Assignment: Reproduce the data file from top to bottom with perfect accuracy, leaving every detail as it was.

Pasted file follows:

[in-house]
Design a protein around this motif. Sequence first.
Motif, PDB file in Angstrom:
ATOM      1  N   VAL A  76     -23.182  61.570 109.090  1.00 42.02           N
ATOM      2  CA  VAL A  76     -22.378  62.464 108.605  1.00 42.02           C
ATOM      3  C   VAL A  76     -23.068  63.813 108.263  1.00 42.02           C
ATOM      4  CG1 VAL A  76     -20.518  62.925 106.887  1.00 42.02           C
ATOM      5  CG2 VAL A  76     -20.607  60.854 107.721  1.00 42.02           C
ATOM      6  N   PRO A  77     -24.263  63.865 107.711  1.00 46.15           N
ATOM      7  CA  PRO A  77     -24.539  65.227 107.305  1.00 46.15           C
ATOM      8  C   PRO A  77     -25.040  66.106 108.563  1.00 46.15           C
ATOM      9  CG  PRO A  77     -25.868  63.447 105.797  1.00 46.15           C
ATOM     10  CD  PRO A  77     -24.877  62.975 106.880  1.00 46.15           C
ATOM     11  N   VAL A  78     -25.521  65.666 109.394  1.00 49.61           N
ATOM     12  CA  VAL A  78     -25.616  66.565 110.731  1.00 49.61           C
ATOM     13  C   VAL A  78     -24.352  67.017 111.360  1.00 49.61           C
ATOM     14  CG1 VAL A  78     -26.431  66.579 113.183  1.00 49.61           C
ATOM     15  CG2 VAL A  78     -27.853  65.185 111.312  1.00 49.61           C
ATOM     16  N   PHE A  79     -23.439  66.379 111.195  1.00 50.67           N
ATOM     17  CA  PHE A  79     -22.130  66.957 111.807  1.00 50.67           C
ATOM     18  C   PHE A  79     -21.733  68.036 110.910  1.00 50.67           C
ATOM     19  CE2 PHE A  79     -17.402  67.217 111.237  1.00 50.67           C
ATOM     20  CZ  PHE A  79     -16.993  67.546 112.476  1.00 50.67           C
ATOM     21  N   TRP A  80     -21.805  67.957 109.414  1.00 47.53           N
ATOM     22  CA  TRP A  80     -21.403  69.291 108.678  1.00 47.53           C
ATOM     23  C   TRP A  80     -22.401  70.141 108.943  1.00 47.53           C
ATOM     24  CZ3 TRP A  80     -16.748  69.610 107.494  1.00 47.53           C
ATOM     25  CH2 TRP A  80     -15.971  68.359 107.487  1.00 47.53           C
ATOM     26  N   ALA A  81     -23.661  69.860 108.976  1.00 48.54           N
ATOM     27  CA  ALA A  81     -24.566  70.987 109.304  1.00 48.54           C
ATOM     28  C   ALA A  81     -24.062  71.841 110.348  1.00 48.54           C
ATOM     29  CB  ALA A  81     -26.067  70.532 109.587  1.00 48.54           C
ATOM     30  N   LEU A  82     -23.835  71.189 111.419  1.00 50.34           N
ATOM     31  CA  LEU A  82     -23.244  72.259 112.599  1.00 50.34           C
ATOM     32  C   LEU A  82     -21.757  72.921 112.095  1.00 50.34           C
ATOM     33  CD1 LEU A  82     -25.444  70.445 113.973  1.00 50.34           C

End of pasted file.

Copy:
[in-house]
Design a protein around this motif. Sequence first.
Motif, PDB file in Angstrom:
ATOM      1  N   VAL A  76     -23.182  61.570 109.090  1.00 42.02           N
ATOM      2  CA  VAL A  76     -22.378  62.464 108.605  1.00 42.02           C
ATOM      3  C   VAL A  76     -23.068  63.813 108.263  1.00 42.02           C
ATOM      4  CG1 VAL A  76     -20.518  62.925 106.887  1.00 42.02           C
ATOM      5  CG2 VAL A  76     -20.607  60.854 107.721  1.00 42.02           C
ATOM      6  N   PRO A  77     -24.263  63.865 107.711  1.00 46.15           N
ATOM      7  CA  PRO A  77     -24.539  65.227 107.305  1.00 46.15           C
ATOM      8  C   PRO A  77     -25.040  66.106 108.563  1.00 46.15           C
ATOM      9  CG  PRO A  77     -25.868  63.447 105.797  1.00 46.15           C
ATOM     10  CD  PRO A  77     -24.877  62.975 106.880  1.00 46.15           C
ATOM     11  N   VAL A  78     -25.521  65.666 109.394  1.00 49.61           N
ATOM     12  CA  VAL A  78     -25.616  66.565 110.731  1.00 49.61           C
ATOM     13  C   VAL A  78     -24.352  67.017 111.360  1.00 49.61           C
ATOM     14  CG1 VAL A  78     -26.431  66.579 113.183  1.00 49.61           C
ATOM     15  CG2 VAL A  78     -27.853  65.185 111.312  1.00 49.61           C
ATOM     16  N   PHE A  79     -23.439  66.379 111.195  1.00 50.67           N
ATOM     17  CA  PHE A  79     -22.130  66.957 111.807  1.00 50.67           C
ATOM     18  C   PHE A  79     -21.733  68.036 110.910  1.00 50.67           C
ATOM     19  CE2 PHE A  79     -17.402  67.217 111.237  1.00 50.67           C
ATOM     20  CZ  PHE A  79     -16.993  67.546 112.476  1.00 50.67           C
ATOM     21  N   TRP A  80     -21.805  67.957 109.414  1.00 47.53           N
ATOM     22  CA  TRP A  80     -21.403  69.291 108.678  1.00 47.53           C
ATOM     23  C   TRP A  80     -22.401  70.141 108.943  1.00 47.53           C
ATOM     24  CZ3 TRP A  80     -16.748  69.610 107.494  1.00 47.53           C
ATOM     25  CH2 TRP A  80     -15.971  68.359 107.487  1.00 47.53           C
ATOM     26  N   ALA A  81     -23.661  69.860 108.976  1.00 48.54           N
ATOM     27  CA  ALA A  81     -24.566  70.987 109.304  1.00 48.54           C
ATOM     28  C   ALA A  81     -24.062  71.841 110.348  1.00 48.54           C
ATOM     29  CB  ALA A  81     -26.067  70.532 109.587  1.00 48.54           C
ATOM     30  N   LEU A  82     -23.835  71.189 111.419  1.00 50.34           N
ATOM     31  CA  LEU A  82     -23.244  72.259 112.599  1.00 50.34           C
ATOM     32  C   LEU A  82     -21.757  72.921 112.095  1.00 50.34           C
ATOM     33  CD1 LEU A  82     -25.444  70.445 113.973  1.00 50.34           C